MOSCOW - Russian authorities closed Moscow's Red Square on Sunday and detained dozens of people trying to hold a silent anti-government protest there, prompting opposition charges that they were denying Russians their right to free assembly.
Several hundred people responded to calls on the Internet to gather in Red Square outside the Kremlin wearing white ribbons or clothing as a symbol of protest, but found the iron gates to the sprawling square closed.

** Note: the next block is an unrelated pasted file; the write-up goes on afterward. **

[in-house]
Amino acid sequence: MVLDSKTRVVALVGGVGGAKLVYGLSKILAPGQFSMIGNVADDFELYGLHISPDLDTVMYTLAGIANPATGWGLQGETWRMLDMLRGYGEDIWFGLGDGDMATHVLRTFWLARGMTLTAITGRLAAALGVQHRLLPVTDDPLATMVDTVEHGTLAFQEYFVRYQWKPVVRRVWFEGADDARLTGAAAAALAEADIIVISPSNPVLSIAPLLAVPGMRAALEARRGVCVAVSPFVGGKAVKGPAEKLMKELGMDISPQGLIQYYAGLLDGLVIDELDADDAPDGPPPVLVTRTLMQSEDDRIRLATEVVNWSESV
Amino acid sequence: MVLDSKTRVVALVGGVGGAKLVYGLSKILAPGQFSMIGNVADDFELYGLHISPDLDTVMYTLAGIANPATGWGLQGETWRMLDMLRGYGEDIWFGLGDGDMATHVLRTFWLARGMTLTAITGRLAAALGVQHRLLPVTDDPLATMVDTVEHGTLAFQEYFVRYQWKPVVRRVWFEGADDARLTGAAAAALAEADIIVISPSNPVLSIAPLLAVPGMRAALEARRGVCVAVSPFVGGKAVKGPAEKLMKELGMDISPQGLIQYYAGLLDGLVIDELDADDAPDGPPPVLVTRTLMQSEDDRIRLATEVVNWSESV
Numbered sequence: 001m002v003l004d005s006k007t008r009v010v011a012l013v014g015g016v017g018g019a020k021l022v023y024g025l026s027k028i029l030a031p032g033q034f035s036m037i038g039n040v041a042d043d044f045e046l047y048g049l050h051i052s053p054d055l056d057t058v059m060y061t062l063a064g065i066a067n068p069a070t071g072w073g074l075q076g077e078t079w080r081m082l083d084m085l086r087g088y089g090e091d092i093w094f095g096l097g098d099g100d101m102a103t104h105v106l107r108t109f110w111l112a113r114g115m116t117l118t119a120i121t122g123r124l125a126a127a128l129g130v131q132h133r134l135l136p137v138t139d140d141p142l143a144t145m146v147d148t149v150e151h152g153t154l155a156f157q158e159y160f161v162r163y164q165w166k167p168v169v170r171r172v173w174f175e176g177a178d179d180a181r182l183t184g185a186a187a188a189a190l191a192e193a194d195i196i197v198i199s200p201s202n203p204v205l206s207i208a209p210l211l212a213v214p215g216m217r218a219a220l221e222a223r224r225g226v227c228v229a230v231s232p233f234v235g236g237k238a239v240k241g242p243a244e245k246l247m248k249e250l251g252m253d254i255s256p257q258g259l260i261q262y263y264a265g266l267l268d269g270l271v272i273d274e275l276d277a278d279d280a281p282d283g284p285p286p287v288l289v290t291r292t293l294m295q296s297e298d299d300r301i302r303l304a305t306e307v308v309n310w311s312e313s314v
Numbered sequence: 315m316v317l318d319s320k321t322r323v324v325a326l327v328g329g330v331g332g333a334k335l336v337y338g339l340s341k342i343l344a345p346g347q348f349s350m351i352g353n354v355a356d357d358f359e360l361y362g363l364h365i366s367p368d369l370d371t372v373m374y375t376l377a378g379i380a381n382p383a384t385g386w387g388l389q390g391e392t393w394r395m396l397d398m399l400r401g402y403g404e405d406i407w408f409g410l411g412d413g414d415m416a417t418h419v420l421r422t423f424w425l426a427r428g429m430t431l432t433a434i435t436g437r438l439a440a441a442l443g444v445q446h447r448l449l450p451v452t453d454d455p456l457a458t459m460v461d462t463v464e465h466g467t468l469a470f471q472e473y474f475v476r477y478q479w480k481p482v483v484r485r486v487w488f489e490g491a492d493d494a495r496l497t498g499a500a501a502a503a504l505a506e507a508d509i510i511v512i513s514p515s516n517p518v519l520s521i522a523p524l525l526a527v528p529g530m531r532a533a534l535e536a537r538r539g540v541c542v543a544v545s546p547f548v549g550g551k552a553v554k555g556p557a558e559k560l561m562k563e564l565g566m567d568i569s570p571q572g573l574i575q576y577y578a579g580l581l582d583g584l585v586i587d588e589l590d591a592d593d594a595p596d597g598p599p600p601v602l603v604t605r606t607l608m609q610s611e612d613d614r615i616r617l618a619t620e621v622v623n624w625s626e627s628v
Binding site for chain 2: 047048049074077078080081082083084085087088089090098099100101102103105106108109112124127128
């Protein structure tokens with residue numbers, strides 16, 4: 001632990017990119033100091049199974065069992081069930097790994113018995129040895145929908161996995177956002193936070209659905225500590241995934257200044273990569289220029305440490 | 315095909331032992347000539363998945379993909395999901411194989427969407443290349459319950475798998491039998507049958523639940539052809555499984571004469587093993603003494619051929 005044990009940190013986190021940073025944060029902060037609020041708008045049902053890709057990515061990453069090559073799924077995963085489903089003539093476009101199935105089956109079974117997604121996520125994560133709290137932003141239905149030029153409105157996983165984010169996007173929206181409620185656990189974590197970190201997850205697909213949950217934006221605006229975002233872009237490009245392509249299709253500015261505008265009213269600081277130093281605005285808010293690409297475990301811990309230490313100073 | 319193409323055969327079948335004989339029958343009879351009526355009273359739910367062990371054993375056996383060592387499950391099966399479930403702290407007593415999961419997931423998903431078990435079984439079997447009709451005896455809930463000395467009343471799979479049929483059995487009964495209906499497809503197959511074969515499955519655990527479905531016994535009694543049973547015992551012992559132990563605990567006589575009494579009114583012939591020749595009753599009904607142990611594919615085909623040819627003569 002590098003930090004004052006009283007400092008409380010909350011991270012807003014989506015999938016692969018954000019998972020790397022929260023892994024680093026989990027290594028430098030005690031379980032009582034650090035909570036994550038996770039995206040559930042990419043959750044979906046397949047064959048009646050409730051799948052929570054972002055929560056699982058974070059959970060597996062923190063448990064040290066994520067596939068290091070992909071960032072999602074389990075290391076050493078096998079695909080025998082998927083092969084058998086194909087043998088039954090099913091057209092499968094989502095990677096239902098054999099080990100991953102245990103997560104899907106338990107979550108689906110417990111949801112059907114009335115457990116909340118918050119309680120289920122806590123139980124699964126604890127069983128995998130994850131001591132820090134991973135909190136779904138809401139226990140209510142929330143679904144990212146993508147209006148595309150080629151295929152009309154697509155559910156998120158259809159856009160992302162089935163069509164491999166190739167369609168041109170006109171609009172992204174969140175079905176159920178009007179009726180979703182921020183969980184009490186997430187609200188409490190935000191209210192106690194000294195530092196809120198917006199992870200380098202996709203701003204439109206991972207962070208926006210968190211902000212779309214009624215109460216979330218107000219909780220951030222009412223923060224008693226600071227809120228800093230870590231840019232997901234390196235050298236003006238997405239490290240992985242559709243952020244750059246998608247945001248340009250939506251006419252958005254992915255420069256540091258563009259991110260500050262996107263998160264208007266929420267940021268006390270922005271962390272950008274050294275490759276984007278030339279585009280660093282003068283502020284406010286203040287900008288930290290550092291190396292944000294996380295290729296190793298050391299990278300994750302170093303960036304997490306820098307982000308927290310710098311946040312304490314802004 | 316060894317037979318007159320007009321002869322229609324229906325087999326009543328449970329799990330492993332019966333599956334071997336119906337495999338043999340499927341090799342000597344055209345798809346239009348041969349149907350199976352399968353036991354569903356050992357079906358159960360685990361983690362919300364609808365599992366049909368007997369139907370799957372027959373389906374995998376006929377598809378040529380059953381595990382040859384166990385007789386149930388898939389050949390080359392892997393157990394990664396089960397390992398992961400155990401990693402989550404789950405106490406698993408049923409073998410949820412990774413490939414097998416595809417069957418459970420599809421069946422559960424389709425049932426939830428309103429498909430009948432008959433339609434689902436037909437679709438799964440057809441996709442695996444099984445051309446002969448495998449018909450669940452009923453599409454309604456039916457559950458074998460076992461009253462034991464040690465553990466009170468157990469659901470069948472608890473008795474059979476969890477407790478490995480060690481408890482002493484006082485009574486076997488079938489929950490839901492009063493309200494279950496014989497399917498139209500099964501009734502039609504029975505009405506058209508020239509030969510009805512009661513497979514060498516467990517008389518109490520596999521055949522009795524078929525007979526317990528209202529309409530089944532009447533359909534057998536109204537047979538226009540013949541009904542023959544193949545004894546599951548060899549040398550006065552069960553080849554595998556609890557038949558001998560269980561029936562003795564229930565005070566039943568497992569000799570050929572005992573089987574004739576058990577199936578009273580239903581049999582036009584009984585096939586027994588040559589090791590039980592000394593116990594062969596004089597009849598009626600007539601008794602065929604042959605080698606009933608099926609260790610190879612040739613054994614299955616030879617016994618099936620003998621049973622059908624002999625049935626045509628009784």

Police detained four people heading for the square from a nearby subway station, and later picked people out of the crowd at the gates and pushed them into buses. A police spokesman said about 55 people had been detained near Red Square "for attempting to hold an unsanctioned demonstration."
Opposition leaders say the government violates Russians' constitutional right to free assembly by requiring permission from local authorities for street demonstrations. Police often disperse unsanctioned rallies and detain protesters.
"There are no freedoms, no rights, and Putin is always being shown on all the TV channels," said Inna Bachina, 48, director of a metal products wholesaler, standing outside the Red Square gates with her daughter. "I do not consider Putin my president."